High-profile rape victims' advocate Louise Nicholas is "absolutely stoked" the Law Commission will continue its work on proposals to change the way sexual violence cases are dealt with in the justice system.
Ms Nicholas was signing copies of her book about her own battle through the courts at Masterton Paper Plus yesterday for White Ribbon Day, a campaign against violence towards women.
"I'm absolutely stoked, it's a huge step forward for all those who work within the sexual violence sector, and especially for our survivors and family members in the justice system."
Coinciding with White Ribbon Day, Justice Minister Amy Adams made the announcement, saying more work needed to be done to make the court experience easier for victims.
"It is never going to be easy for them to re-live such events and be questioned about what happened. However, we need to do all we can to ensure that the process doesn't needlessly re-victimise them."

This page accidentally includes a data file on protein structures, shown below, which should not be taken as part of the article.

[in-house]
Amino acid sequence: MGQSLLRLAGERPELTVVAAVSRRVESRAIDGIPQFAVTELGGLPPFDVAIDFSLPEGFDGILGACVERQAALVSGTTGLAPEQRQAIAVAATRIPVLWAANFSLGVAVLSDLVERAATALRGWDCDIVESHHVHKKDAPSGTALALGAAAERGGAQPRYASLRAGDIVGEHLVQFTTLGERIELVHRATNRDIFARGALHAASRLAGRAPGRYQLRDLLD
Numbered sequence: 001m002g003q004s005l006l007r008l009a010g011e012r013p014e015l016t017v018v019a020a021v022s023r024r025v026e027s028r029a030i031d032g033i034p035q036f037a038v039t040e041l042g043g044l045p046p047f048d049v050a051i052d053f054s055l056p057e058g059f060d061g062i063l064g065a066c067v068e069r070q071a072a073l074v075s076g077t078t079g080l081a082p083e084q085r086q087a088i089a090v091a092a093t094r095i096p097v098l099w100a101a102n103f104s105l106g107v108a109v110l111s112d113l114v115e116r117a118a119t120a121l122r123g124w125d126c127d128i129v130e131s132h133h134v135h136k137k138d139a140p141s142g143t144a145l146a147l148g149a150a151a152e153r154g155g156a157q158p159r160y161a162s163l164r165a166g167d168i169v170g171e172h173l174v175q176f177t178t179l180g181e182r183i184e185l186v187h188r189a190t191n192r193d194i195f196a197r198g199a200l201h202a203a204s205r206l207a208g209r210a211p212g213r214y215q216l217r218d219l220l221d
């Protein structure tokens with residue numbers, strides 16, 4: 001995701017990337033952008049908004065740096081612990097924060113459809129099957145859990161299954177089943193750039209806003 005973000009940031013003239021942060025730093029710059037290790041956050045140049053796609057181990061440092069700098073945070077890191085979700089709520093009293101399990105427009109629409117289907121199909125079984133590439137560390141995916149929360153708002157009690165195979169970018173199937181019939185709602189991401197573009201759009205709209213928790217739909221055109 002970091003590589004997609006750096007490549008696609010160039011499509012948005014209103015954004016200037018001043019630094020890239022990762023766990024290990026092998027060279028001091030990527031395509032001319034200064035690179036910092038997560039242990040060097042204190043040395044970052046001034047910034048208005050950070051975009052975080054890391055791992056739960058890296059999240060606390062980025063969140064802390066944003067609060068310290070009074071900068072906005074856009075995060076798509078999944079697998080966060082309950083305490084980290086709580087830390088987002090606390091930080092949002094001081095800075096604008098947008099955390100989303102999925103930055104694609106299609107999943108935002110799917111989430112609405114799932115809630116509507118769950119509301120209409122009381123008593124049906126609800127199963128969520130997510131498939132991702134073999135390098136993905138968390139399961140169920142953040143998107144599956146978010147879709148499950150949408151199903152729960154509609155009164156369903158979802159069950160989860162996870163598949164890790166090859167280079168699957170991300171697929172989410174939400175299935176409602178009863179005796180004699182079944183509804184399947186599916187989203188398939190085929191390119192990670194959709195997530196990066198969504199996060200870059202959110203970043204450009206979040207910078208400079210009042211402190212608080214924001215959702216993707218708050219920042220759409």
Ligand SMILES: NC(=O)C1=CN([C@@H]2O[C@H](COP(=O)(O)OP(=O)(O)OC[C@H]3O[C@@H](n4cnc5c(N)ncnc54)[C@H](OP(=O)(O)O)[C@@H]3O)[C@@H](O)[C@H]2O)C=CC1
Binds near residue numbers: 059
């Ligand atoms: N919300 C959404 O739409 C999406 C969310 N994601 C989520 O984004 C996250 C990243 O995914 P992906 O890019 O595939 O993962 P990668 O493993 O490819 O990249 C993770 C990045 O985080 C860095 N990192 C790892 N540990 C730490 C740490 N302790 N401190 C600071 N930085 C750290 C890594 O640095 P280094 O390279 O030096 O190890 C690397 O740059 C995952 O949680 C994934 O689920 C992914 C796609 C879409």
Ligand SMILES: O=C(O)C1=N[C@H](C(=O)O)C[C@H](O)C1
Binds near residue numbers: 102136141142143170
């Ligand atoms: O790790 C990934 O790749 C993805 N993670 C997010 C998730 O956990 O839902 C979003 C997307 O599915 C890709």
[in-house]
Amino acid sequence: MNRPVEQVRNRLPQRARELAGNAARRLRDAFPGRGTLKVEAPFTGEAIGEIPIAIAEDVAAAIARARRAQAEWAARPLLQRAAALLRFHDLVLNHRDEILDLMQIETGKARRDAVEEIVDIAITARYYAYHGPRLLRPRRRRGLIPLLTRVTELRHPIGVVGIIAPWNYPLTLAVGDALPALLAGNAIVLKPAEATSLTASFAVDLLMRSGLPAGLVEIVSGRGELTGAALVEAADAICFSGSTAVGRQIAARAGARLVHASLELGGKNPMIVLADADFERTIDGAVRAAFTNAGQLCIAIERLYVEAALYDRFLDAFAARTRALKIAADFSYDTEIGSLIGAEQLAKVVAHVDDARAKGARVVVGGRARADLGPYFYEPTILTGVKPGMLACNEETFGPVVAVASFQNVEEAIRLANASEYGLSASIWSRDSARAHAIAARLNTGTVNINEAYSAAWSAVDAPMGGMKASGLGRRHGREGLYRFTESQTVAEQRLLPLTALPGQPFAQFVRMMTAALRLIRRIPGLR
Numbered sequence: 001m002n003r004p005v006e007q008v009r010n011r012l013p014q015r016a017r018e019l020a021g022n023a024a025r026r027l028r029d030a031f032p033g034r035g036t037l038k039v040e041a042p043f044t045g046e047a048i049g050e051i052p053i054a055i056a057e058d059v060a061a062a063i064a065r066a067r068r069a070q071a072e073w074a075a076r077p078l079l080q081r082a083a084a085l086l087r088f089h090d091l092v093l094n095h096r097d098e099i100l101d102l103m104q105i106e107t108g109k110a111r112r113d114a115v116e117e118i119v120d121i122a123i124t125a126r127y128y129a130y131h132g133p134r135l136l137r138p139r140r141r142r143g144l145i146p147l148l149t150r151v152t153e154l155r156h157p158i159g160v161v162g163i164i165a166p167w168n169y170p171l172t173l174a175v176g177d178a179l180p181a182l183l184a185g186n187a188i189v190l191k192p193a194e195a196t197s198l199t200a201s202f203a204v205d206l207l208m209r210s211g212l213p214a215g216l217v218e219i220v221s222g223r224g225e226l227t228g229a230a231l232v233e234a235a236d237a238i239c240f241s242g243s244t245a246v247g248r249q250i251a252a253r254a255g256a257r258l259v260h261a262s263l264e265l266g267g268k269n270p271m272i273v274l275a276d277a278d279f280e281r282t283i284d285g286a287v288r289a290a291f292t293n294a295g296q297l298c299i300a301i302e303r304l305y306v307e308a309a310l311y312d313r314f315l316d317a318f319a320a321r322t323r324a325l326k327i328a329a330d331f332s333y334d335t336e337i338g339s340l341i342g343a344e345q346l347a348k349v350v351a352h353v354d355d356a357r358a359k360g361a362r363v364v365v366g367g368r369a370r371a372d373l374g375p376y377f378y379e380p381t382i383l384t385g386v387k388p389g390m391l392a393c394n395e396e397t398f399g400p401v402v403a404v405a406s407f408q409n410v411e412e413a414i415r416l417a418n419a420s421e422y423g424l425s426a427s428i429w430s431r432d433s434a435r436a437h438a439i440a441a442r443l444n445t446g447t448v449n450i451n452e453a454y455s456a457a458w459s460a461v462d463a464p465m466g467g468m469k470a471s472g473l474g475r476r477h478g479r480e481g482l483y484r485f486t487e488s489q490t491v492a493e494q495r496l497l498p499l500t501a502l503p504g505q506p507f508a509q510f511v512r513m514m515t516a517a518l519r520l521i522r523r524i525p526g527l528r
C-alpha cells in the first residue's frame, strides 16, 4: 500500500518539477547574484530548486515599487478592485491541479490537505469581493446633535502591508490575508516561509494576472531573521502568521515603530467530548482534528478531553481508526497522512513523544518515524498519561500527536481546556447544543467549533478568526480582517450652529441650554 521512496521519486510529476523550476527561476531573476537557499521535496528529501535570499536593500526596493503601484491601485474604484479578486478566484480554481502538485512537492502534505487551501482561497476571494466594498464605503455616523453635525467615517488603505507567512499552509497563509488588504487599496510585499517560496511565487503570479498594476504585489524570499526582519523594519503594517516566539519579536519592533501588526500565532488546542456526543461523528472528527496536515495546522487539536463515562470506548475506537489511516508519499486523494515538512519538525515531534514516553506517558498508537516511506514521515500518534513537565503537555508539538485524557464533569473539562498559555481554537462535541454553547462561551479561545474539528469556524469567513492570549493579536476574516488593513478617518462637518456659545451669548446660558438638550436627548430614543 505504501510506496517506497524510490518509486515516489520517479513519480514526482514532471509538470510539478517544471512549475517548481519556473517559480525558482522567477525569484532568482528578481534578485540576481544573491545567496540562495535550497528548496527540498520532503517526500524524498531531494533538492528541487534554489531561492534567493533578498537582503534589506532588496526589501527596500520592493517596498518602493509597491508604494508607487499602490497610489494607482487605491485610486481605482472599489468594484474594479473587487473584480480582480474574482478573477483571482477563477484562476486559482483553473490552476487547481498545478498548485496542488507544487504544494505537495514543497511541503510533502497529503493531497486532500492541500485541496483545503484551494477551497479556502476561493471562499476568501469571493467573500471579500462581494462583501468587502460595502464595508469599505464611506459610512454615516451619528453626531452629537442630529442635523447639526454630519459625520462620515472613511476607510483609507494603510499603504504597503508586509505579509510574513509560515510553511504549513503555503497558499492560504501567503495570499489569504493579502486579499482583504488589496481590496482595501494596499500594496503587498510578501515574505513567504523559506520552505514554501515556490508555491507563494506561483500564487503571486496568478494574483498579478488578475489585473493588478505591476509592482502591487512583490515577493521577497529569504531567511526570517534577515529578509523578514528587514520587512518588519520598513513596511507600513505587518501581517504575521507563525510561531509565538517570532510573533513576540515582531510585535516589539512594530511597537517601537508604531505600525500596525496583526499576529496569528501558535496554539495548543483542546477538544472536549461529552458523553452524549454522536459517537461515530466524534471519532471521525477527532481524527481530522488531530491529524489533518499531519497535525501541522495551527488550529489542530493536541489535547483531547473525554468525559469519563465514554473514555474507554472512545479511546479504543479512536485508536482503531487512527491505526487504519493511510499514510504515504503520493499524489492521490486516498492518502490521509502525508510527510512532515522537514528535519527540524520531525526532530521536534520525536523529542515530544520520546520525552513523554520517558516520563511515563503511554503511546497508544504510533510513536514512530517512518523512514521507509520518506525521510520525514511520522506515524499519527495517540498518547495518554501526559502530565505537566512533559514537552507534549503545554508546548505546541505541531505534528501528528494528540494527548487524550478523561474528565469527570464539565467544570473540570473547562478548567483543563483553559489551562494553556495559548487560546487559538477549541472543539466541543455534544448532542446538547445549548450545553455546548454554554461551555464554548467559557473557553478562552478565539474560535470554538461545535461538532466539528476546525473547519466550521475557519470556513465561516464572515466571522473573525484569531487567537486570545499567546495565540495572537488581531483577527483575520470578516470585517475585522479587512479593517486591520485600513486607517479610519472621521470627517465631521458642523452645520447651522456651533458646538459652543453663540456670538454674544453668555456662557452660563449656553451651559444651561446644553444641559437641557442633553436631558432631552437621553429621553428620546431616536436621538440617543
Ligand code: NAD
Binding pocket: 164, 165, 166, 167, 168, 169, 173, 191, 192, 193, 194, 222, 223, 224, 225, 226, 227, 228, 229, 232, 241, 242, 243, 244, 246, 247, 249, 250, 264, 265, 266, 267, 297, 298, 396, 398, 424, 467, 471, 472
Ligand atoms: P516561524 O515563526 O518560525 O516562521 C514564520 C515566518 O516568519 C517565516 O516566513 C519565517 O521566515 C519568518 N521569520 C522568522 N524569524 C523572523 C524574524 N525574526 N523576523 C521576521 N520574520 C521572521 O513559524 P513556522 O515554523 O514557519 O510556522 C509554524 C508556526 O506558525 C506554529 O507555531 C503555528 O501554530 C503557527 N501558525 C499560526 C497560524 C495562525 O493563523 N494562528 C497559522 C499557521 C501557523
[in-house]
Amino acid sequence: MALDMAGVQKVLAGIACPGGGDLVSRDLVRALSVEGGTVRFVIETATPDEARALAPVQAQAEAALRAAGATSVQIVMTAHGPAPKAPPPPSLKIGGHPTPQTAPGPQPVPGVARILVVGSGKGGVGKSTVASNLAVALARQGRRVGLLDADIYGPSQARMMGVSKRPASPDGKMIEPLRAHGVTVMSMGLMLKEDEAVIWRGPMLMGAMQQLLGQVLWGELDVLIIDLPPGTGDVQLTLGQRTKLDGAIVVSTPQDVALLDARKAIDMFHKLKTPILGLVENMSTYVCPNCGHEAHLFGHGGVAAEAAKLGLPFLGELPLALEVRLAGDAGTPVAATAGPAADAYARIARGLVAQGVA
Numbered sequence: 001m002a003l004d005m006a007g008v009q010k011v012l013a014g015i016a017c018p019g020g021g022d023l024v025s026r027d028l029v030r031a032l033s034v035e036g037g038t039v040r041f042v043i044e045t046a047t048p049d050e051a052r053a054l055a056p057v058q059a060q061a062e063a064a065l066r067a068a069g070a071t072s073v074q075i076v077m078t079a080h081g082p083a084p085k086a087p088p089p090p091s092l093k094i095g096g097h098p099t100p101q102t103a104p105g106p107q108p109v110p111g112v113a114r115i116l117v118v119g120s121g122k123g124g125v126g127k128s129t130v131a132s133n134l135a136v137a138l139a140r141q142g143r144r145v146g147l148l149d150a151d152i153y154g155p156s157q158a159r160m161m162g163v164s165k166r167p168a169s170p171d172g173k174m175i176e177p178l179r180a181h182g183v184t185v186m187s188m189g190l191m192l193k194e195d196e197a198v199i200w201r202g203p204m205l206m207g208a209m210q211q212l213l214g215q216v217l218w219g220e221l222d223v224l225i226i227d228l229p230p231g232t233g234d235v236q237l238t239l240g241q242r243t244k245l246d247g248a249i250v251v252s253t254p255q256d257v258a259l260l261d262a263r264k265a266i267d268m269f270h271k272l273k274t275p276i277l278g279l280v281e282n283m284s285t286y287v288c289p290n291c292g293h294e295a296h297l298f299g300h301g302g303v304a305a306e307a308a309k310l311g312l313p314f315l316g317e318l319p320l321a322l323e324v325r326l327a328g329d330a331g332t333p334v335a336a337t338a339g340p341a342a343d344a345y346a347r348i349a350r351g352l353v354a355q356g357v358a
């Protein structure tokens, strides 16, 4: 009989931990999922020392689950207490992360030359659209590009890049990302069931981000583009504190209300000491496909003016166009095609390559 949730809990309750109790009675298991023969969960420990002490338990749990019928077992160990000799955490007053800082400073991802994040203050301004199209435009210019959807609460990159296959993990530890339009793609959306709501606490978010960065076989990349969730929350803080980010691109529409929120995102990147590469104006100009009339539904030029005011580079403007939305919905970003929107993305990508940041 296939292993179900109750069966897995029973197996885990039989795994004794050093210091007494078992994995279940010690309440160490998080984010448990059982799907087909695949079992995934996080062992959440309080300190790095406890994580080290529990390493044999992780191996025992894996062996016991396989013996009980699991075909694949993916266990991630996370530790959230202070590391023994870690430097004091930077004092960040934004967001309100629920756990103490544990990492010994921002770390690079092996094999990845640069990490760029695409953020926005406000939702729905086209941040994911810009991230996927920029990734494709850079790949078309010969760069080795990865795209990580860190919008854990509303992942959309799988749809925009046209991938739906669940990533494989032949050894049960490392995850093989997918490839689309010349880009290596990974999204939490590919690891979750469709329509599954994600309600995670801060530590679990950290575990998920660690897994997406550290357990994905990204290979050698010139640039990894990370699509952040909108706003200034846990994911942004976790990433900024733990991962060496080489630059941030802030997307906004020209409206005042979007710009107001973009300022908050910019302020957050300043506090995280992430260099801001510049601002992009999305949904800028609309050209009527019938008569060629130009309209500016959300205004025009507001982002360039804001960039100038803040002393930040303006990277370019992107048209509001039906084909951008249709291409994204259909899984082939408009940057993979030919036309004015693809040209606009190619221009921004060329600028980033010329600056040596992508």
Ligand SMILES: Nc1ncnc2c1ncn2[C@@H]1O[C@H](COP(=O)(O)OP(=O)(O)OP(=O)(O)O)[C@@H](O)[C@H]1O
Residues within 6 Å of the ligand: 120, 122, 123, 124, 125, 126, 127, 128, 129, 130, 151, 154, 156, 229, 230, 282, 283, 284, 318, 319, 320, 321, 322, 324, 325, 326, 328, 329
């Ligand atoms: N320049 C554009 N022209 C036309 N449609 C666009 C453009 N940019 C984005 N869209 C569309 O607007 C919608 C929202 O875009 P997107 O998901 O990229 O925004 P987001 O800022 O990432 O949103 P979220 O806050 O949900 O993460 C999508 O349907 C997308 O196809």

In 2012, the commission was investigating alternative court processes but was asked to stop by then minister Judith Collins.
It suggested judges have more control in criminal trials, to ensure they were fairer and less confrontational for victims and witnesses.
Ms Nicholas said if changes were made, there would likely be an increase in people coming forward. "They will feel safer going through the process."
She said the Roast Busters case might have been a catalyst for the announcement.
"But Amy Adams had said prior to that, conviction rates are very low, 99 per cent [of defendants] get acquitted ... that's because of the aggressive nature of having your character as a person and victim stripped."
She said she'd like to see judge-alone trials and more control over defence lawyers' behaviour.
Ms Nicholas also spoke about her experience at Masterton Town Hall last night.
She said White Ribbon Day was talking about all types of violence against women and girls but she added it also happened to men.